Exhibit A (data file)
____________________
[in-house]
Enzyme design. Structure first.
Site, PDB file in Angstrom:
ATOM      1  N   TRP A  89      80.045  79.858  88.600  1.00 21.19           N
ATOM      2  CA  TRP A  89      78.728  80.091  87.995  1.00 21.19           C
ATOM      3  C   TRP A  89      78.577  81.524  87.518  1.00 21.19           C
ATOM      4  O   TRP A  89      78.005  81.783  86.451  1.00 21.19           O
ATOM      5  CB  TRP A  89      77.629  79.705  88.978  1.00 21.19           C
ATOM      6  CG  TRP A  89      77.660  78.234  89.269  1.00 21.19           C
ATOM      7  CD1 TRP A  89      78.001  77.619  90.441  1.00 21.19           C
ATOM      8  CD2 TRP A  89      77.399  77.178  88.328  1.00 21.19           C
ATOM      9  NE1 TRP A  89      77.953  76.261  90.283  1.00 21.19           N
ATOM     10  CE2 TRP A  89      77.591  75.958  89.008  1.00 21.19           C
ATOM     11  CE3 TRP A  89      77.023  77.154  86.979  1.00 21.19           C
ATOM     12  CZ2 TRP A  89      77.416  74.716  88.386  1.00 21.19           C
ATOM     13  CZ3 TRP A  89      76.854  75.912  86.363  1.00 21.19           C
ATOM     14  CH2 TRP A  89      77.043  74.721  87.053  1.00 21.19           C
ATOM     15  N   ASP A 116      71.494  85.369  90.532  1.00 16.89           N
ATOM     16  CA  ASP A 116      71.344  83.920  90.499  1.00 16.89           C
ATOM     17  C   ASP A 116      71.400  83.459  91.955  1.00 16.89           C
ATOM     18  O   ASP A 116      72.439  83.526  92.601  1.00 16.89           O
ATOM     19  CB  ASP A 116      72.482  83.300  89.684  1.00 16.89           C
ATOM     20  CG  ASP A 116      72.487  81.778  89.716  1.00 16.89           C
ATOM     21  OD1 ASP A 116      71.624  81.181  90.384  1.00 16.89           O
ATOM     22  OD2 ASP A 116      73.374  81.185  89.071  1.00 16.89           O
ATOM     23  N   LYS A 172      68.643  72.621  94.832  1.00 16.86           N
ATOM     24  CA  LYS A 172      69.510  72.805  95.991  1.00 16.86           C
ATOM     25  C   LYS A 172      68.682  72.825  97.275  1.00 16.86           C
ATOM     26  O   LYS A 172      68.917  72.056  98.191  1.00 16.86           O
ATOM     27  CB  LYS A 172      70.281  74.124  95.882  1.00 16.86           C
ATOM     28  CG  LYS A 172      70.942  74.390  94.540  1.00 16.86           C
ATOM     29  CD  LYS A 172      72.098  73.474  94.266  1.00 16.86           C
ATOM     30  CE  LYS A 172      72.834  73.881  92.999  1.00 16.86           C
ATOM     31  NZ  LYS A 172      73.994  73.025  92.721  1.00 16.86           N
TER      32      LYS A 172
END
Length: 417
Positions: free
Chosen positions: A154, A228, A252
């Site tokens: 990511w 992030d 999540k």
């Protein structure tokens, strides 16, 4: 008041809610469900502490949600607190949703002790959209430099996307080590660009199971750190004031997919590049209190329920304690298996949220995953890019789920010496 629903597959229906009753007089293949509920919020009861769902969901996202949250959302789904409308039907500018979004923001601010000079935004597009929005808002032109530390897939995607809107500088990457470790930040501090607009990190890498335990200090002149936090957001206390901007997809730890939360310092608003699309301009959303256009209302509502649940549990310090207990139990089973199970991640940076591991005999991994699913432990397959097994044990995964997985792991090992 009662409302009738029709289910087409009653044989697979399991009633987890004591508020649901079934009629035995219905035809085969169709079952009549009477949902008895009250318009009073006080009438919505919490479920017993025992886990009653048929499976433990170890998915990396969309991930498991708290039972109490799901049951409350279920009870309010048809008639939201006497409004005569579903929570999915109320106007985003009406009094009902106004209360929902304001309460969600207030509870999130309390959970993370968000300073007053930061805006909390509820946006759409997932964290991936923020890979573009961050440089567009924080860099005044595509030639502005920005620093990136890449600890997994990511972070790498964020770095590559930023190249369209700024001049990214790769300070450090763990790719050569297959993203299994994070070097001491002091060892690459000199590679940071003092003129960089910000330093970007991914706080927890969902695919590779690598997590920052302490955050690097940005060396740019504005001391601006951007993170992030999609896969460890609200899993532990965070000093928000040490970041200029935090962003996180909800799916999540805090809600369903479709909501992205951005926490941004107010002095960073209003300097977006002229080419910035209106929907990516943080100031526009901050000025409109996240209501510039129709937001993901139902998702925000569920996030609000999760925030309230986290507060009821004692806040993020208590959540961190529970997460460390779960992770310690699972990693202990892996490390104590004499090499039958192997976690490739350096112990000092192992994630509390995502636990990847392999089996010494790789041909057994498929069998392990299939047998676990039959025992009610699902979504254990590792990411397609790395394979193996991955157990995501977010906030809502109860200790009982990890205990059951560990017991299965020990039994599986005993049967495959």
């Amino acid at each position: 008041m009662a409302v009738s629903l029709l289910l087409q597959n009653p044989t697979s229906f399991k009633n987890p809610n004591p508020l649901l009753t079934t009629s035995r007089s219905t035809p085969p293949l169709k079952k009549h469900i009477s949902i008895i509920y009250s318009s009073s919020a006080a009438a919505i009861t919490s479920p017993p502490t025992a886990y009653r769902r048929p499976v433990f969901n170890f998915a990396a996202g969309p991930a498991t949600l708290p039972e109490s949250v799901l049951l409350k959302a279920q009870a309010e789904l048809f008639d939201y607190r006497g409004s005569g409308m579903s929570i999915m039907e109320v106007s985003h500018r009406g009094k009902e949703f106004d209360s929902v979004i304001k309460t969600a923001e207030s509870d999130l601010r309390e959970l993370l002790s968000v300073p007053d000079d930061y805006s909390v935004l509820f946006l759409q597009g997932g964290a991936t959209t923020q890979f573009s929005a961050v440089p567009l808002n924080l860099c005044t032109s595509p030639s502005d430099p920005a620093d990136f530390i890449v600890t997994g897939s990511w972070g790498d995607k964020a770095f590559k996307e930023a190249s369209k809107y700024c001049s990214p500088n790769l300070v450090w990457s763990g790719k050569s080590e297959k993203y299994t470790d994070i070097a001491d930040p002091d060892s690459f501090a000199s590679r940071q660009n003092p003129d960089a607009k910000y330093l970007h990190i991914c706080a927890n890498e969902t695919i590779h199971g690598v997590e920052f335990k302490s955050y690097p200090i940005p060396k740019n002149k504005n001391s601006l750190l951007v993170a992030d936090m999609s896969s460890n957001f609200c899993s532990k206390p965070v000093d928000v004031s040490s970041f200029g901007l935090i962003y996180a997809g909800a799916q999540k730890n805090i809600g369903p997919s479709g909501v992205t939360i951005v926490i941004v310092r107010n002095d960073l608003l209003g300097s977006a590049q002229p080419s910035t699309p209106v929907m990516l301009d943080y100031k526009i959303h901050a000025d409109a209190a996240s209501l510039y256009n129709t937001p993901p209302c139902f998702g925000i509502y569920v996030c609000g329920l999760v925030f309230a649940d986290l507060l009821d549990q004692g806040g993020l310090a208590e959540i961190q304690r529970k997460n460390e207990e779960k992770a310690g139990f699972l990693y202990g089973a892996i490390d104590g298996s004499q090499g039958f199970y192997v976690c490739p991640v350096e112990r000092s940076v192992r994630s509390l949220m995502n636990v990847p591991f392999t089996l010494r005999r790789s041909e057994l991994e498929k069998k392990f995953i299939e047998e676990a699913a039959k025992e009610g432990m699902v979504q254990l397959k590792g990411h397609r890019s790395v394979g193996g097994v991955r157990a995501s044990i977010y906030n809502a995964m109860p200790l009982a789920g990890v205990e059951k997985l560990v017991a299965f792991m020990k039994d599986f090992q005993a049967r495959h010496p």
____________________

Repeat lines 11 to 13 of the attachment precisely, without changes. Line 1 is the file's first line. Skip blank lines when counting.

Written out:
ATOM      8  CD2 TRP A  89      77.399  77.178  88.328  1.00 21.19           C
ATOM      9  NE1 TRP A  89      77.953  76.261  90.283  1.00 21.19           N
ATOM     10  CE2 TRP A  89      77.591  75.958  89.008  1.00 21.19           C